While Thunderbolt and USB 3.2 offer the fastest connection speeds, USB 3.0/3.1 Gen 1 is still most common since it provides reasonable speeds for hard drives while maintaining backwards compatibility with USB 2.0 devices.

Hard Drive Capacity Measurements

Hard drive capacity is a measure of data storage potential. It is measured in either gigabytes (GB) or terabytes (TB).

One gigabyte is approximately 1 billion bytes. A terabyte is approximately 1 trillion bytes. The exact conversion is:

  • 1GB = 1,000,000,000 bytes
  • 1TB = 1,000,000,000,000 bytes

However, disk manufacturers use slightly different definitions using base 10 math instead of base 2 math used in data storage calculations. They define 1GB as:

  • 1GB = 1,000,000,000 bytes

And 1TB as:

  • 1TB = 1,000,000,000,000 bytes

This means published drive capacities appear slightly larger than the actual formatted capacity reported by the operating system. The differences are:

Base-10 Definition Base-2 Definition Difference
1GB = 1,000,000,000 bytes 1GB = 1,073,741,824 bytes 7.37% less
1TB = 1,000,000,000,000 bytes 1TB = 1,099,511,627,776 bytes 7.37% less

For example, a “256GB” hard drive using the 1GB = 1 billion definition would format to around 238GB in Windows using the base 2 definition.

Common Hard Drive Sizes

Hard drives are produced in a range of standard capacities targeting different applications and price points. These are some common hard drive sizes as of 2023:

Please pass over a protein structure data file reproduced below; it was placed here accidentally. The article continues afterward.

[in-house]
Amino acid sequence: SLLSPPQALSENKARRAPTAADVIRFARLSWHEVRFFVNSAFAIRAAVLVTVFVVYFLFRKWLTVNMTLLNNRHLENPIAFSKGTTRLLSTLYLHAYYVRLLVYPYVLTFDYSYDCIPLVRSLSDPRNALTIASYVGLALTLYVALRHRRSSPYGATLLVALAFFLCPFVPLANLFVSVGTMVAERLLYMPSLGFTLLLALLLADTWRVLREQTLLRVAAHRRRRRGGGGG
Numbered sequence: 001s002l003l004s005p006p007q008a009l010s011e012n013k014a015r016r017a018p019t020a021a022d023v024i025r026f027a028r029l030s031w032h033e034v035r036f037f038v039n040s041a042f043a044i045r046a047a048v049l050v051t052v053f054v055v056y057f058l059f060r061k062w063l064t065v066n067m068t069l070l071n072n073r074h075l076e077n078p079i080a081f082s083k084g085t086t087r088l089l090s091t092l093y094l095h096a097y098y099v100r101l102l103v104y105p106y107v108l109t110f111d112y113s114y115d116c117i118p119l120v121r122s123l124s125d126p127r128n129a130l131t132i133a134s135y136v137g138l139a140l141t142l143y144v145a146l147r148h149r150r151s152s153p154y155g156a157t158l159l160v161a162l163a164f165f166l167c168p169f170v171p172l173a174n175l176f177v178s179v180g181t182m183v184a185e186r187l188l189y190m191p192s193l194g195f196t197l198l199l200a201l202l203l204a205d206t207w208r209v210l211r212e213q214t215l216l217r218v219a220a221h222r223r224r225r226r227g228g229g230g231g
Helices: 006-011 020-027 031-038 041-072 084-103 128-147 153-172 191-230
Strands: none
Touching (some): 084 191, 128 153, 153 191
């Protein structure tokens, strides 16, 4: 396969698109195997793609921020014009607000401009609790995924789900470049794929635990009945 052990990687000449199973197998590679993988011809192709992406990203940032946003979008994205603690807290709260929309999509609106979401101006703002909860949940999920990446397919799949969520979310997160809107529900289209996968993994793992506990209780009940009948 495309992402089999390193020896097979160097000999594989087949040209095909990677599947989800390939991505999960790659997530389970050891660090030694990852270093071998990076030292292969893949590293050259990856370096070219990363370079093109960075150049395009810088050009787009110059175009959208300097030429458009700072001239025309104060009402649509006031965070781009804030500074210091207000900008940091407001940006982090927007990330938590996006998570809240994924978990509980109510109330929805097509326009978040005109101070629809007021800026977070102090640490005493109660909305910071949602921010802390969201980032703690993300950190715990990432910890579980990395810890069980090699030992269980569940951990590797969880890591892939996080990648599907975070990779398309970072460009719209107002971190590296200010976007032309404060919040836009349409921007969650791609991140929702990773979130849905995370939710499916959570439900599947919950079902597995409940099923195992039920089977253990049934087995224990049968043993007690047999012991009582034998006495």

Desktop 3.5″ Internal

  • 500GB, 1TB, 2TB
  • 3TB, 4TB, 6TB
  • 8TB, 10TB, 12TB
  • 14TB, 16TB

Laptop 2.5″ Internal

  • 250GB, 500GB, 1TB
  • 2TB

External Portable

  • 500GB, 1TB, 2TB
  • 4TB, 5TB

Enterprise data center hard drives may go up to 18TB or higher. Archive and backup targeted drives may be much larger but sacrifice performance to provide massive capacity affordably.


In summary, a hard disk drive is the permanent storage hardware inside computers where files, programs, and the operating system are kept when the computer is powered down. All modern PCs contain at least one hard drive for booting up and storing data.

Hard drives contain spinning magnetic platters that data is written to and read from using a read/write head actuator arm. They provide high capacity storage from hundreds of gigabytes to tens of terabytes for a relatively low cost.

Hard drives are measured in terms of capacity, interface speed, physical size, and performance. Common hard drive types are 3.5″ desktop drives, 2.5″ laptop drives, and external portable hard drives.

So in basic terms, the hard drive is the computer’s long-term memory where information is stored magnetically on quickly spinning disk platters when not in active use in memory. All the software, files and data you use on a daily basis are saved to this device. When you hear discussion of computer storage space, it refers to the capacity of the hard drive(s).